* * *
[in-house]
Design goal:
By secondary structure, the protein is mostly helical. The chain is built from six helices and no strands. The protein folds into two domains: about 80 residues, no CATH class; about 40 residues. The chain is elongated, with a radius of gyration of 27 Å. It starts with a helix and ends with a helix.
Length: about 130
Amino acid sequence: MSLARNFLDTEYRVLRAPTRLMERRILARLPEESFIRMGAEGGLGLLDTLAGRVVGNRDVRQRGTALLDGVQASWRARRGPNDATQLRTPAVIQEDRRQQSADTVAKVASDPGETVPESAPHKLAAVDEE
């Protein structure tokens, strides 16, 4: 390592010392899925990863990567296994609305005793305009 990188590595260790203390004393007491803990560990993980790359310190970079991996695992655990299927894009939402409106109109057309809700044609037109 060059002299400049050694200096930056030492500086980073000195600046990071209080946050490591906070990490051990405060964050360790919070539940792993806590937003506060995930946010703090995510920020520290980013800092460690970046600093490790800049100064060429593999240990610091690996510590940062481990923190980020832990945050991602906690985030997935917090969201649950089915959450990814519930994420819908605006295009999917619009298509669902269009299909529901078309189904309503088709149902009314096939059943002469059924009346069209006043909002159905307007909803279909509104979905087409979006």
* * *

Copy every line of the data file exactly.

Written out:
[in-house]
Design goal:
By secondary structure, the protein is mostly helical. The chain is built from six helices and no strands. The protein folds into two domains: about 80 residues, no CATH class; about 40 residues. The chain is elongated, with a radius of gyration of 27 Å. It starts with a helix and ends with a helix.
Length: about 130
Amino acid sequence: MSLARNFLDTEYRVLRAPTRLMERRILARLPEESFIRMGAEGGLGLLDTLAGRVVGNRDVRQRGTALLDGVQASWRARRGPNDATQLRTPAVIQEDRRQQSADTVAKVASDPGETVPESAPHKLAAVDEE
């Protein structure tokens, strides 16, 4: 390592010392899925990863990567296994609305005793305009 990188590595260790203390004393007491803990560990993980790359310190970079991996695992655990299927894009939402409106109109057309809700044609037109 060059002299400049050694200096930056030492500086980073000195600046990071209080946050490591906070990490051990405060964050360790919070539940792993806590937003506060995930946010703090995510920020520290980013800092460690970046600093490790800049100064060429593999240990610091690996510590940062481990923190980020832990945050991602906690985030997935917090969201649950089915959450990814519930994420819908605006295009999917619009298509669902269009299909529901078309189904309503088709149902009314096939059943002469059924009346069209006043909002159905307007909803279909509104979905087409979006």